In Hertfordshire, as a child/teenager, Willow Tits were widespread all around the woodlands of Hemel Hempstead. Roughdown Common, at Boxmoor was a fantastic place to see these birds, they excavating their nest holes in the rotting stumps of Elder bushes. Again, as mirrored by the populations of most southern counties, they are but now a memory of us old-uns!
    The cause of this decline will be very subjective, but bet your bottom dollar that it is a man-made problem, or combination?
    The fact that woodlands are now tidied, thus the removal of rotting stumps and the like, is very likely to have some impact on the nest site availability of these dainty little birds, although climate change, thus a northward shift in distribution, would be my starting point should I ever wish to get into a research project?
    Hoping you are well - Dyl

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    1. The demise of the Willow Tit in the southern half of England is a complicated subject Dyl. There are various theories that I am not clued-up enough about to comment on there probability, but I do know that they can still be found just over the Channel in France. Maybe its a 'local' issue?

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    2. Steve, if I was a cynical git (perish the thought?) then perhaps the Willow Tits which inhabit the French mainland are a different species to those which used to live in southern Britain? Thank Martin Garner for this train of thought, I'm a free spirit, always learning! Habitat availability is fundamental to all these conundrums. You can split hairs (DNA) for as long as listing remains an issue - bottom line is certain species require specific habit - if it doesn't exist, for whatever reason, neither do they! - Dyl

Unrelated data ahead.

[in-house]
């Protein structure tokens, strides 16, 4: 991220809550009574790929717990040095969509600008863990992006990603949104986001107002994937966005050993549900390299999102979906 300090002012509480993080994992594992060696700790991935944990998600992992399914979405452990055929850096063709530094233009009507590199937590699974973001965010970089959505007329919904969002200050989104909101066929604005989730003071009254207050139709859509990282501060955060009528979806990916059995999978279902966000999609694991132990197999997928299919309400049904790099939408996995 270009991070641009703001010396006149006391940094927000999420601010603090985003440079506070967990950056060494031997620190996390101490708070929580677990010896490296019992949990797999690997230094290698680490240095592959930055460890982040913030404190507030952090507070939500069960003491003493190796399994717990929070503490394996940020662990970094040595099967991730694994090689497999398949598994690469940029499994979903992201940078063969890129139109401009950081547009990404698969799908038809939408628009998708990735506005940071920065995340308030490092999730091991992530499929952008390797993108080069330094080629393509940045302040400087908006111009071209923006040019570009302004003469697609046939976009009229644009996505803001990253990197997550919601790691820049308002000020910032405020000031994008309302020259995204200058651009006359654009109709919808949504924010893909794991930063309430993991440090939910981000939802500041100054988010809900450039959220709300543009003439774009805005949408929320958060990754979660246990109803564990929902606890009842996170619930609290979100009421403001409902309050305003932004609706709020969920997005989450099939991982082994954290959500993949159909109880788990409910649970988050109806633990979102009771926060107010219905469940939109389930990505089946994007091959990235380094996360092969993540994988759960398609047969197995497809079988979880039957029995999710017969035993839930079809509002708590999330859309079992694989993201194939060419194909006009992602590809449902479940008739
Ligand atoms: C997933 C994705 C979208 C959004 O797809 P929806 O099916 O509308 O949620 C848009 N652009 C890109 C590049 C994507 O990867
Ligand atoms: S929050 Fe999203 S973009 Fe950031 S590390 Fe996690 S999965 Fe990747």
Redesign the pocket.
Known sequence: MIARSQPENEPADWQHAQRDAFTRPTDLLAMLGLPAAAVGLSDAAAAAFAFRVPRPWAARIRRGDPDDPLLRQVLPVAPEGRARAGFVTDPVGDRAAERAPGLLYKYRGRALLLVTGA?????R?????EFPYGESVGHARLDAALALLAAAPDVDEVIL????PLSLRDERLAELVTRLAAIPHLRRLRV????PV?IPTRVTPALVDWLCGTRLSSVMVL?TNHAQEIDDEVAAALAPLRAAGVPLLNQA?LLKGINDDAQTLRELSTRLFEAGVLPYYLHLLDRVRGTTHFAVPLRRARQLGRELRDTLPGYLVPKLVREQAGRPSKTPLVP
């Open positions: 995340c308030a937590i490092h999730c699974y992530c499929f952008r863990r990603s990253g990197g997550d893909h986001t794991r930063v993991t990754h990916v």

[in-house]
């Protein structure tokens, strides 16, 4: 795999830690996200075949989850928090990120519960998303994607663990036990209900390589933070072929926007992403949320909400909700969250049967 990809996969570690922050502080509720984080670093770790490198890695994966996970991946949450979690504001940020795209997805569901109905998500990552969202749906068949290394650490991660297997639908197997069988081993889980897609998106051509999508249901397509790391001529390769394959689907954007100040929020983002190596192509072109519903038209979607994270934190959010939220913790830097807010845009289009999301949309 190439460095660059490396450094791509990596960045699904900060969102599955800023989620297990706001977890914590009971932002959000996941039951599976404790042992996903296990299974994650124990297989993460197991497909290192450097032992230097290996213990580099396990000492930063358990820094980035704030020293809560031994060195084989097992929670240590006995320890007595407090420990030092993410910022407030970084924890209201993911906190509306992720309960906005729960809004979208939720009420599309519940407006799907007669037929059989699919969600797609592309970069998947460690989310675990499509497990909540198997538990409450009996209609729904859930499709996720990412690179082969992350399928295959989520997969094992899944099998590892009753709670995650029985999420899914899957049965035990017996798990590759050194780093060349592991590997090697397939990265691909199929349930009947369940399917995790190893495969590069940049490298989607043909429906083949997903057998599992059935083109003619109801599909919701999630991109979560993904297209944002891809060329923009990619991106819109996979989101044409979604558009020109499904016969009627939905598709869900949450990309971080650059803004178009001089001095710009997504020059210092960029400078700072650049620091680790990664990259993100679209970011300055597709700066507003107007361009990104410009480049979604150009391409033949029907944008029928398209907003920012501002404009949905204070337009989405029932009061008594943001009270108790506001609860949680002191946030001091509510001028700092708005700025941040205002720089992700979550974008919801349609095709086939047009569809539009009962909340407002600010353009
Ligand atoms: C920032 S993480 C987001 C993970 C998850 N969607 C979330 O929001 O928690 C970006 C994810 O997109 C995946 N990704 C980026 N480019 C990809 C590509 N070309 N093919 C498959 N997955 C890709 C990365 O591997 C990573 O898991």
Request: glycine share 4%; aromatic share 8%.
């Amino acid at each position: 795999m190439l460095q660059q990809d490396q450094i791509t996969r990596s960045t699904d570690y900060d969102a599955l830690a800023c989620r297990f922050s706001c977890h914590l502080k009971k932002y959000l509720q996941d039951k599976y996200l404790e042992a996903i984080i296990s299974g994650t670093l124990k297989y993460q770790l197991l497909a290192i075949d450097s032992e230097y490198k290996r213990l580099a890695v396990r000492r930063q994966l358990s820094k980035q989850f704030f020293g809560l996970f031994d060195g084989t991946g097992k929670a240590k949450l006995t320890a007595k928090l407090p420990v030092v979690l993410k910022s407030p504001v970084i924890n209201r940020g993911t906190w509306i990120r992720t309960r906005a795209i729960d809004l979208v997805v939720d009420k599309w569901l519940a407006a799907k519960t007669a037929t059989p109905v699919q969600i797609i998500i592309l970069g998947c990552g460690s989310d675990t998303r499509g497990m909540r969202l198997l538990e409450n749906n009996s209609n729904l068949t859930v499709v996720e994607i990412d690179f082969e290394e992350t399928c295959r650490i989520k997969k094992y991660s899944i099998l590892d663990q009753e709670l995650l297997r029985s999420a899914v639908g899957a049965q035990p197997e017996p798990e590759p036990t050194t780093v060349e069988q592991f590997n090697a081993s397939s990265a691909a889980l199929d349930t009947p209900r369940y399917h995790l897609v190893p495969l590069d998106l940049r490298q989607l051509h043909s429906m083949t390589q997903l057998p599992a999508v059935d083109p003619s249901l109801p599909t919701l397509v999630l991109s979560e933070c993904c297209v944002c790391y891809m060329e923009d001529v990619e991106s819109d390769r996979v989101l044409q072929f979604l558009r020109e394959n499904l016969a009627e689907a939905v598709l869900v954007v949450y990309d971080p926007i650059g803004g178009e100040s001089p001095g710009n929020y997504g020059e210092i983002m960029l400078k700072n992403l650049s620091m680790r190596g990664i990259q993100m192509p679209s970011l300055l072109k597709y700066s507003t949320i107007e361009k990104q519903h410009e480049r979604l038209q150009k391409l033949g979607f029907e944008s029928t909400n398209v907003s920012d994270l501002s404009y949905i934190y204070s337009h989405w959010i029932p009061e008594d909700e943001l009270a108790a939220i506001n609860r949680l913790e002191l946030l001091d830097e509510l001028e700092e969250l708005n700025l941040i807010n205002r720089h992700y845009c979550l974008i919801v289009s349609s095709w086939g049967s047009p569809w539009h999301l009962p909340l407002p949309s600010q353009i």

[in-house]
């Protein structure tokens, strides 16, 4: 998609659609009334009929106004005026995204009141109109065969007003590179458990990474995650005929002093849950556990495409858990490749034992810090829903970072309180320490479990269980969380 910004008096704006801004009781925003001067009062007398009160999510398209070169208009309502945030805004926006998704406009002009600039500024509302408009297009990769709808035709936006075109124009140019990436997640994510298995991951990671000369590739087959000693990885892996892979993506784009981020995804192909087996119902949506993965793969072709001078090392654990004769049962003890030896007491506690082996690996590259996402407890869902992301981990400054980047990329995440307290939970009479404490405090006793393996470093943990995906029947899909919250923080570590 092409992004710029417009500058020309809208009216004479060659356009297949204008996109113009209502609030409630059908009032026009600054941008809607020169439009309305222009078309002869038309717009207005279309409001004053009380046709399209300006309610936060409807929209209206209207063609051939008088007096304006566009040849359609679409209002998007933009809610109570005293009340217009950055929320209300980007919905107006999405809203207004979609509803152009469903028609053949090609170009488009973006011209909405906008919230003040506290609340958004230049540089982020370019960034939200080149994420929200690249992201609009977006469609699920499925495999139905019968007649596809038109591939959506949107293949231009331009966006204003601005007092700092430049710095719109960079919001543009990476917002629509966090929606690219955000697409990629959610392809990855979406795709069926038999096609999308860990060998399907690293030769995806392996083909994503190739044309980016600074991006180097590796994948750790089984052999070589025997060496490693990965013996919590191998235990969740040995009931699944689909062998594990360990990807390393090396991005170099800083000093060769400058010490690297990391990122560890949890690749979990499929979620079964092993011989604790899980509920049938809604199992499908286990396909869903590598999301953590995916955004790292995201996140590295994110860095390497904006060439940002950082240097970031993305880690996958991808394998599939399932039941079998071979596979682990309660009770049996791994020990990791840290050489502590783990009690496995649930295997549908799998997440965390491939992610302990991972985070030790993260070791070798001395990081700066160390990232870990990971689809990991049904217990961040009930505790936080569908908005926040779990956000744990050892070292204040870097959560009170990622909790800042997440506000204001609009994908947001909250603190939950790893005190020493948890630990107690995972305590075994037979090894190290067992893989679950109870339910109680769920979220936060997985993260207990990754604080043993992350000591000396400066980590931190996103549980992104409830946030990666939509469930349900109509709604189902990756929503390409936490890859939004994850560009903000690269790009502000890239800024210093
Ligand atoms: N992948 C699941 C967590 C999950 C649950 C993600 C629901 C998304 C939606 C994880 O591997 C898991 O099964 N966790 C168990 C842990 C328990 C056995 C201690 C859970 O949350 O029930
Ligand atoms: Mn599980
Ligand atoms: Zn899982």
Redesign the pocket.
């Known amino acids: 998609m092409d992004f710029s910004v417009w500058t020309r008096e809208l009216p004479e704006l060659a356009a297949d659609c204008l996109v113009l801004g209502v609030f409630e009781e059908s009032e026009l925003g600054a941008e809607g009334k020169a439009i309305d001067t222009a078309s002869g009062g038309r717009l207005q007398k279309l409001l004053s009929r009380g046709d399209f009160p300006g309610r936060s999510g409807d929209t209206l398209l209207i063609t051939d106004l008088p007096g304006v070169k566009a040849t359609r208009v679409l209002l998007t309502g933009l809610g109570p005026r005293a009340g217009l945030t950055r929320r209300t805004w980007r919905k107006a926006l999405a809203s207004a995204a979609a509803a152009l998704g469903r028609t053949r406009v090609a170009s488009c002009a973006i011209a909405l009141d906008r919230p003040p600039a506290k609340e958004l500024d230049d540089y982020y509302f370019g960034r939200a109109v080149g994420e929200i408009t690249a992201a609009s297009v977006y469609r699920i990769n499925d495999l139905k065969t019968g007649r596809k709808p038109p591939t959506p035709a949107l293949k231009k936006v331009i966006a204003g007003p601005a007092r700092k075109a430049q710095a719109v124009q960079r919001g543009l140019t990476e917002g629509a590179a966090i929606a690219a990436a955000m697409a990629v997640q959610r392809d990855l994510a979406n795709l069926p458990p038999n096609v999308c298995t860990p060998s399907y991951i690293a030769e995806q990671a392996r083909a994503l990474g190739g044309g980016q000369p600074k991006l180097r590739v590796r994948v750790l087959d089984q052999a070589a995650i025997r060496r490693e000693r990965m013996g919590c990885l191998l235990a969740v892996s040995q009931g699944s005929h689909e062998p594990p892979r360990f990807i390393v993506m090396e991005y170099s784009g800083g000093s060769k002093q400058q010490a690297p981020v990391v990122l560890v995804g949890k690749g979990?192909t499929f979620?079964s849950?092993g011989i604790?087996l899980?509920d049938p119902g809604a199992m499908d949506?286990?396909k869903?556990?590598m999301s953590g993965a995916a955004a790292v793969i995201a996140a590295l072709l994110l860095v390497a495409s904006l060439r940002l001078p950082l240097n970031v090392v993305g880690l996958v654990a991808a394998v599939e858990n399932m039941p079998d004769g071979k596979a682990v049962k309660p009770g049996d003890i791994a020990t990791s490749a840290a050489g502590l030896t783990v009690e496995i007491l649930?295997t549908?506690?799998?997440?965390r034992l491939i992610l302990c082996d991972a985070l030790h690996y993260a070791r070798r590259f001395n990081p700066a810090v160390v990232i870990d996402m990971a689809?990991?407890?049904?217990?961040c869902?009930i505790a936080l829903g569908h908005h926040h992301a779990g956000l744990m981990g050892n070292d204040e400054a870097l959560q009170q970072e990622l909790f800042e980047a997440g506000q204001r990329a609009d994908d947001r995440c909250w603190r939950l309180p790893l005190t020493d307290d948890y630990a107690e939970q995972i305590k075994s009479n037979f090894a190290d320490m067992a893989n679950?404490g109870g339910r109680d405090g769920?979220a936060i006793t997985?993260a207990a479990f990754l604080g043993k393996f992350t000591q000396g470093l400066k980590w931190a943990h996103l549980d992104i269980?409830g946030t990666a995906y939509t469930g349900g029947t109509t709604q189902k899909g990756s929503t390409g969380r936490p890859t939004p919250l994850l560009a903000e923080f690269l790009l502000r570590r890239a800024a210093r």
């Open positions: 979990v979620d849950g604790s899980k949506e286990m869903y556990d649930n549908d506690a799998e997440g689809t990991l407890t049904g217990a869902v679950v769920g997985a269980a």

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  4. As you say the Willow/Marsh Tit decline is a complicated saga, and I could regale a similar tale from Beds/Herts at the back end of the last century (but won`t otherwise the Bard of Littlestone will give me stick!), along with two other woodland residents that have befallen a similar fate: Hawfinch and Lesser pecker. In northern France, where the woods are virtually devoid of corvids and grey squirrels are absent (opportunistic predator of nestlings) we regularly see all four species, but maybe they`re in decline there too, so its not that straight forward. There was a paper in BB a few years ago, but as I recall even that did not come up with a definitive conclusion. As Dylan suggested, I`ll bet the steely hand of mankind has something to do with it.

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    1. The Bard has got both Marsh and Willow Tit on his Dungeness list!!

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  5. Heres a spanner in the works. My last Marsh Tit here was in 2010. My patch was a major stronghold for them in the 80s and 90s but now they are a scarce bird away from the river valleys of south Northumberland. Willow Tits, though, whilst still scarce, can be found in strange random spots along the coast. I get odd birds along coast scrub in August time with post breeding dispersal I assume. This year I have two pairs about 2 miles from me at Craster...Bottom line, both species are really struggling and will soon be on that long list of reminiscences...

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    1. Stewart, I was reading the BTO Atlas earlier today that was suggesting that the drying out of woodland had something to do with the demise of the Willow Tit. Not so sure myself, but whatever the reason(s) I do miss them.